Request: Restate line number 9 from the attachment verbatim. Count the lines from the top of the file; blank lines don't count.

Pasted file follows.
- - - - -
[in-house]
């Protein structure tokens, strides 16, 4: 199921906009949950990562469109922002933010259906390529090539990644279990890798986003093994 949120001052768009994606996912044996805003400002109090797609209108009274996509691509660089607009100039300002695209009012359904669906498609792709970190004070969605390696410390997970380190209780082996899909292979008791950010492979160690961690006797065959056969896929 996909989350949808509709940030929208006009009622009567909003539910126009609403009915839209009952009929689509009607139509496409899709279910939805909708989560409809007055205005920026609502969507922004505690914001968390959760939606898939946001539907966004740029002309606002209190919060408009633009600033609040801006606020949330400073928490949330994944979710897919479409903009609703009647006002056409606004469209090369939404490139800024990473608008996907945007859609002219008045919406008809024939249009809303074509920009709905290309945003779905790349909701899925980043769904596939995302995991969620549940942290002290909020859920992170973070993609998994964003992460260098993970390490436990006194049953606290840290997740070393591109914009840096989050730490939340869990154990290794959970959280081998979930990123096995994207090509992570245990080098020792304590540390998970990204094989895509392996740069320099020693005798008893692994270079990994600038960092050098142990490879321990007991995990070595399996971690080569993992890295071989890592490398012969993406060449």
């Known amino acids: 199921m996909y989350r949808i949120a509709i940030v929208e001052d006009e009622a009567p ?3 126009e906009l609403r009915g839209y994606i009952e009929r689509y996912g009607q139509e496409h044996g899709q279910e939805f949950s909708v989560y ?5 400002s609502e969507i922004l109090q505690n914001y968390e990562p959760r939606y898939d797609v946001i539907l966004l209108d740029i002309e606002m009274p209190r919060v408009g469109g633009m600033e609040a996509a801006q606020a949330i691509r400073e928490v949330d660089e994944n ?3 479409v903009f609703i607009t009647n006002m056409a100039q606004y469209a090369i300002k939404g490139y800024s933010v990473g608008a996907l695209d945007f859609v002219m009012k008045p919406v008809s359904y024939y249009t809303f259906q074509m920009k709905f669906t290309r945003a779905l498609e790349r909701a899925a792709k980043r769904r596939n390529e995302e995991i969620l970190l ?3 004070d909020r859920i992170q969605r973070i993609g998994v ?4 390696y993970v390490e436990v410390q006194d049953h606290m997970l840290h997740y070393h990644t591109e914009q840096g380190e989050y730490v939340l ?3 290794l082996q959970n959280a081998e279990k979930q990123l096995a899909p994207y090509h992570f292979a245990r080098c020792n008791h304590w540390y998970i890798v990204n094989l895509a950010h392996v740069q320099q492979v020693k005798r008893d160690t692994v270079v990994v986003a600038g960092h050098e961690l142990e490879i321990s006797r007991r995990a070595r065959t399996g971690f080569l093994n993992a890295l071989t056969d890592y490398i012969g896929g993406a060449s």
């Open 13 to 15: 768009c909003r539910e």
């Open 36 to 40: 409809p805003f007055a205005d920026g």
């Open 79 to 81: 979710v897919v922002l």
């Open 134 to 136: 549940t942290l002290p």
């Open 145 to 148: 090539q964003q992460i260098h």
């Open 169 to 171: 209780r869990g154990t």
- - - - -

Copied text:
């Open 169 to 171: 209780r869990g154990t």